Vertigo is a type of dizziness that experienced as a false sense of movement. A person experiencing a vertigo episode may feel like they are spinning or the environment around them is spinning. The term vertigo describes this specific sensation. It isn’t a diagnosis or condition in and of itself. Rather, vertigo is a symptom of many possible conditions.
Dizziness and vertigo are terms that are often, mistakenly, used interchangeably. Dizziness is a non-distinct way of describing what can be multiple, related sensations, including:
- Feeling unsteady or off-balance (disequilibrium)
- Feeling faint or like you’re about to pass out
- Sense of lightheadedness
- Feeling spacey or out of it
- Actual vertigo, or the false sensation of movement
People who experience vertigo may also have other symptoms including nausea, vomiting, ringing in the ear, abnormal eye movements, headaches or migraines, neck pain, hearing changes, anxiety, and trouble with balance. Vertigo episodes can be quite incapacitating. Since they can come on suddenly, they have a large impact on day-to-day tasks like driving a car.
How Does My Body Maintain Balance?
Balance is your body’s ability to stay centered over your feet. When your sense of balance is working correctly, maintaining upright posture is something that is often taken for granted. However, when your body’s balance system is compromised, what normally happens to adjust your posture without thinking about it fails to occur.
The body maintains balance with input from three different systems:
- Your vision – what your eyes see helps your brain to understand how your body is positioned in space.
- Sensors in the limbs and spine – sensors that are sensitive to pressure and touch send signals over your body’s nervous system to communicate to the brain about how the various joints in your body are positioned.
- Your inner ear – components of your inner ear make up the vestibular system. The inner ear has fluid-filled canals that sense motion, spatial orientation, and head position.
The brainstem receives all of the information from these three sources. It is the part of the central nervous system where the brain and spinal cord form a junction.
Vertigo: The Brainstem-Spine Connection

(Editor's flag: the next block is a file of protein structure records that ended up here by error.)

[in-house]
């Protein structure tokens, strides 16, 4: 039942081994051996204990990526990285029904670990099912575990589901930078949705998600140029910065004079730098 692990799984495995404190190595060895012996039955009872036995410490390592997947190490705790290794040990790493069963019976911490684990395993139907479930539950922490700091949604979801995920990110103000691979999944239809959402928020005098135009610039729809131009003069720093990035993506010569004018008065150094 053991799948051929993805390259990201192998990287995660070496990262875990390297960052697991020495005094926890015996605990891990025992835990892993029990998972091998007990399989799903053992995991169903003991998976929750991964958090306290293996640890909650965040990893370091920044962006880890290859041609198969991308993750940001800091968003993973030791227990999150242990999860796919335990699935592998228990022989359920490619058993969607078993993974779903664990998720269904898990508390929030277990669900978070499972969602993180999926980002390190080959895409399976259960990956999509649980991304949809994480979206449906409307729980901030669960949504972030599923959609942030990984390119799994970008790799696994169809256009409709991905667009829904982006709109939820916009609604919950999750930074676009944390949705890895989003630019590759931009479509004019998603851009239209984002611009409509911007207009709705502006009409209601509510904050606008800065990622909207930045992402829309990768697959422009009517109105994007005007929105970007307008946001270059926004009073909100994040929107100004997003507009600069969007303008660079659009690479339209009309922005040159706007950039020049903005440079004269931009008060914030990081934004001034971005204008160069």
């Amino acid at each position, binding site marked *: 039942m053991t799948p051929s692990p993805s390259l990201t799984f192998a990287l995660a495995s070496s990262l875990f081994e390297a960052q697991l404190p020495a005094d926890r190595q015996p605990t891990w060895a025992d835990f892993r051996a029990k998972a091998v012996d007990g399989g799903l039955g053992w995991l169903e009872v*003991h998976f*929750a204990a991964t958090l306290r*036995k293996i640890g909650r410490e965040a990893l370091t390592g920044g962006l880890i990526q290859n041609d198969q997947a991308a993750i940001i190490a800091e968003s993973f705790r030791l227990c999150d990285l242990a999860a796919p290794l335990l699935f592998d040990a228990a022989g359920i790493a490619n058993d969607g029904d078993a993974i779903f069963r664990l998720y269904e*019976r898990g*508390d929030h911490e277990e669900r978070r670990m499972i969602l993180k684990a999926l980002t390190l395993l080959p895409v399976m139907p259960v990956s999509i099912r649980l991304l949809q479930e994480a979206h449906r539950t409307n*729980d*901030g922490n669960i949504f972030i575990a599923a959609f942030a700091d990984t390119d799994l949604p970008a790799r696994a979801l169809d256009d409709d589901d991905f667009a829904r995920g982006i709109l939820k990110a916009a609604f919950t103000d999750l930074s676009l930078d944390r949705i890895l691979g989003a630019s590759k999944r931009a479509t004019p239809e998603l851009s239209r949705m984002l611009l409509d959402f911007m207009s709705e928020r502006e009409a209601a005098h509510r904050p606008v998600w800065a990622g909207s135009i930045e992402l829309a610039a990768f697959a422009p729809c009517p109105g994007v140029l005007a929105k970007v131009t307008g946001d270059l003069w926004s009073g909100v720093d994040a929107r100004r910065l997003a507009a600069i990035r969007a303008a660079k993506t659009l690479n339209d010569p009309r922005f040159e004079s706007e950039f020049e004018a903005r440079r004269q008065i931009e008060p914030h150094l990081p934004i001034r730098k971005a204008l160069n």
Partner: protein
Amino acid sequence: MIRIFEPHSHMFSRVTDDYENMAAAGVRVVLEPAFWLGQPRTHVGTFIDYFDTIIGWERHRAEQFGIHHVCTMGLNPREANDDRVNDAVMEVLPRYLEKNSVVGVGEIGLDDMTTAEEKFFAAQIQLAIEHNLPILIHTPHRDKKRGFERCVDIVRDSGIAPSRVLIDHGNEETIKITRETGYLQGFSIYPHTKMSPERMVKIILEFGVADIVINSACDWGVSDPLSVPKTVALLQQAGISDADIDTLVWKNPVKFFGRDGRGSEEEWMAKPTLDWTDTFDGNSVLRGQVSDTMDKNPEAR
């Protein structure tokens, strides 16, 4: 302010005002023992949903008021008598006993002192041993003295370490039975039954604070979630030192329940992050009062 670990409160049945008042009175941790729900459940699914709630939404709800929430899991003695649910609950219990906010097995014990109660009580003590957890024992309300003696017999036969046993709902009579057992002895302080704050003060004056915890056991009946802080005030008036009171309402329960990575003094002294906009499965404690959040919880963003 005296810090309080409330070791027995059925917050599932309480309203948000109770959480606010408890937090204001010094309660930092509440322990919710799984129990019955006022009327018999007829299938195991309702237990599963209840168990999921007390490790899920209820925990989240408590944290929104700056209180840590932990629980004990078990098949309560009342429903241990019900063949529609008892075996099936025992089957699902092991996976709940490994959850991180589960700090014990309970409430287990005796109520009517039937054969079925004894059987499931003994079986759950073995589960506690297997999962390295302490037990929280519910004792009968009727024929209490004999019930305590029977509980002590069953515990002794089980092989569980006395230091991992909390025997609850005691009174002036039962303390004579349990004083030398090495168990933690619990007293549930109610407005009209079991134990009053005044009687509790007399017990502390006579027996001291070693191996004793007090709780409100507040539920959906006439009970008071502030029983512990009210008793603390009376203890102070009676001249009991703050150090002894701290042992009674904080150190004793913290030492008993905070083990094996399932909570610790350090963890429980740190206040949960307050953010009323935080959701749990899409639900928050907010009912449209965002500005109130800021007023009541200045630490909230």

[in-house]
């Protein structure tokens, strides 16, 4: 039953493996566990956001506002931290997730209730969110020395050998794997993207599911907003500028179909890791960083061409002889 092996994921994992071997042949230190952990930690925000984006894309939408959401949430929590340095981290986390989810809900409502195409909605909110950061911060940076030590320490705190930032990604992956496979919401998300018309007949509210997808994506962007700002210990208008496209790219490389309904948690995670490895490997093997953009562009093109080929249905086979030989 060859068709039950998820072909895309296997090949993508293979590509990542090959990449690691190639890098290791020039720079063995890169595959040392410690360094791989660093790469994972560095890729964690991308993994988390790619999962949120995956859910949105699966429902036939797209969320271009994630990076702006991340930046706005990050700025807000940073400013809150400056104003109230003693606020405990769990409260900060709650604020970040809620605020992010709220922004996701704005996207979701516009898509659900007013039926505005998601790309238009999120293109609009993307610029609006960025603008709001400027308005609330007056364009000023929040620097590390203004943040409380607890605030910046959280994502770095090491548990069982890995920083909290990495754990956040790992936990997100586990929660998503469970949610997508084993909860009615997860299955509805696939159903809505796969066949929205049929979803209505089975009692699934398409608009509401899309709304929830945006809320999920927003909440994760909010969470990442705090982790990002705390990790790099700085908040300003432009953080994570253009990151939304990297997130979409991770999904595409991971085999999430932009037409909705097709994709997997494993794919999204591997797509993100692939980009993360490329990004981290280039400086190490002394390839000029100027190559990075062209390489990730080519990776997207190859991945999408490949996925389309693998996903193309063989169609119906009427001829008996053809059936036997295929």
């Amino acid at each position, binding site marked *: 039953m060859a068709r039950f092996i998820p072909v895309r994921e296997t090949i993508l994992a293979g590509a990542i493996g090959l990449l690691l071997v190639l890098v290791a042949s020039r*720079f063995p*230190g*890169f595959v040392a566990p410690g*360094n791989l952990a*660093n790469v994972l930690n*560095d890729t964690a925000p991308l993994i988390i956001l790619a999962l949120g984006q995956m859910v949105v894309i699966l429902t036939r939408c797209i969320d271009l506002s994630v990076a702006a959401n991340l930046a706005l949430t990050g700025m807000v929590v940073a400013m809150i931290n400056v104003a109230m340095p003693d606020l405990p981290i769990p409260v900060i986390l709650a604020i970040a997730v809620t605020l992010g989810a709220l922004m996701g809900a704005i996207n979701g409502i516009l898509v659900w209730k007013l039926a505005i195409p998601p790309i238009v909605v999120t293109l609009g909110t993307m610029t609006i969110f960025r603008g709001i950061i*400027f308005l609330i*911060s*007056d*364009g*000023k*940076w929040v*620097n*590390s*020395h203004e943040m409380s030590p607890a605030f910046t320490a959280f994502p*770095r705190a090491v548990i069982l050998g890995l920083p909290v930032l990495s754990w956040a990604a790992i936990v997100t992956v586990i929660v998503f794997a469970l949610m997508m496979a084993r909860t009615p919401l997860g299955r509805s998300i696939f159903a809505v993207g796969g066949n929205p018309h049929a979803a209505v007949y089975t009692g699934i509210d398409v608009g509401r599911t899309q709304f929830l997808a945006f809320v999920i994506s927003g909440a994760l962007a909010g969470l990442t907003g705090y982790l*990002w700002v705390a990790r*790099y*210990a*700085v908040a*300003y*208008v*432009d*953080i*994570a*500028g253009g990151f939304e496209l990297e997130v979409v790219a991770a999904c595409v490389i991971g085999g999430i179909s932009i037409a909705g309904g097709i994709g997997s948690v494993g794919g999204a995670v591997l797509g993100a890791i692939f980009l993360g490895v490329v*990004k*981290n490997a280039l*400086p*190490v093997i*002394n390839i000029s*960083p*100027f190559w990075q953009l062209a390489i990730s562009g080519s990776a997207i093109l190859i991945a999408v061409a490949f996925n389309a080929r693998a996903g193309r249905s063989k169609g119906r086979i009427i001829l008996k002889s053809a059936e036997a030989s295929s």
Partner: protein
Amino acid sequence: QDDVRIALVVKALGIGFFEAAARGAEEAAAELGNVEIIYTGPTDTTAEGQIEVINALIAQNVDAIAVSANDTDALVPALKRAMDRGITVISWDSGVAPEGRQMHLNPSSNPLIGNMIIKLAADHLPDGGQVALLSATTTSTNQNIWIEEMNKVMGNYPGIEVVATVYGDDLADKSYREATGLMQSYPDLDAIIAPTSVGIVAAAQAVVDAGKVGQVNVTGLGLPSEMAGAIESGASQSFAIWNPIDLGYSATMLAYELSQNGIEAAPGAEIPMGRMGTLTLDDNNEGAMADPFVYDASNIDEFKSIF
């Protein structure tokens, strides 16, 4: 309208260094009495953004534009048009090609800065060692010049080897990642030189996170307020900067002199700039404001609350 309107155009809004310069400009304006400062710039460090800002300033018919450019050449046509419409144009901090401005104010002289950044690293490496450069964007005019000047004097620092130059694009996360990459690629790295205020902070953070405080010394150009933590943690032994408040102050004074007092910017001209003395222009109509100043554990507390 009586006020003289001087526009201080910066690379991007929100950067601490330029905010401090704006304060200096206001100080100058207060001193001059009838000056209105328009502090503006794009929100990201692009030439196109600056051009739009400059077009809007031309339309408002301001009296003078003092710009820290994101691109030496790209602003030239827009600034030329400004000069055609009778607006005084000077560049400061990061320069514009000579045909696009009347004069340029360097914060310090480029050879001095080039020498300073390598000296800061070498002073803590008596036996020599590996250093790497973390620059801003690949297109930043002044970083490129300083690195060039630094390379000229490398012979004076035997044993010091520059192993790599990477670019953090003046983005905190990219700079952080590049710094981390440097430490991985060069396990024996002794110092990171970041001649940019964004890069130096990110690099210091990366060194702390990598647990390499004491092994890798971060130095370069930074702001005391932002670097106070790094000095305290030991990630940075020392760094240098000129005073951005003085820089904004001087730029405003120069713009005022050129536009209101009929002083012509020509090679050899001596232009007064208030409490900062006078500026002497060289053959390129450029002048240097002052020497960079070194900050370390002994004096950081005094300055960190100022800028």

When it comes to vertigo, one of the major players might actually be your neck. More specifically, the atlas (C1) vertebra that forms the connection between the head and neck has the important job of providing a ring of protection for the brainstem. When the atlas is in the proper position, it allows for a smooth, clear passageway for the brain to transition to the brainstem as it exits the skull and then your spinal cord continuing on below. It’s no secret that many vertigo sufferers have experienced some type of head or neck injury in their past, whether from an auto accident, sports injury, or simple slip and fall. Those people then went on to develop vertigo symptoms and, since months or even years elapsed before their onset, never made the connection between the two.
When a person sustains even a minor head or neck injury, the atlas has the distinct potential to misalign because it lacks features that the rest of the spine has to keep it stable. The atlas has no intervertebral discs to help absorb forces and it also lacks the locking facet joints that help to restrict movement in other areas of the spine. This makes the atlas very movable, which is necessary for head movement but also leaves it vulnerable to misaligning. With the atlas in an abnormal position, the brainstem can become irritated, creating a disruption in the way it can process balance signals.
The Upper Cervical Chiropractic Solution to Vertigo
Upper cervical chiropractic care is a subspecialty of the chiropractic profession that focuses on the critical area where the top of the spine and the skull connect. This area is completely different from the rest of the spine due to its shape and functions. The upper neck, or upper cervical spine, enjoys the most mobility out of any other spinal region. It is also one of the most complex areas, and upper cervical chiropractors will often have additional training and certifications in order to be proficient at adjusting this delicate area.
What makes upper cervical chiropractic care so effective for vertigo sufferers?
- It’s precise – you will work with your upper cervical chiropractor to take detailed images of your head and neck alignment so that the exact right correction can be customized for you.
- It’s gentle – because we take detailed measurements of each of our patients’ misalignment, upper cervical chiropractic adjustments are extremely gentle. We accomplish a successful correction of atlas alignment without using any force.
- It’s designed to yield lasting results – one of the goals of upper cervical chiropractic is to restore normal atlas alignment with an adjustment that holds. Your body’s ability to hold the adjustment for as long as possible is what yields lasting results. We get to the underlying cause of vertigo. Therefore, you can experience a reduction in the frequency and severity of your episodes.
If you are struggling with any vertigo- inducing condition, consult with an upper cervical chiropractor in your community. This professional can help you connect the dots and provide you with the missing answers you’ve been seeking. We can help patients with BPPV, Meniere’s disease, post-concussion syndrome, mal de debarquement syndrome, migraines, or others.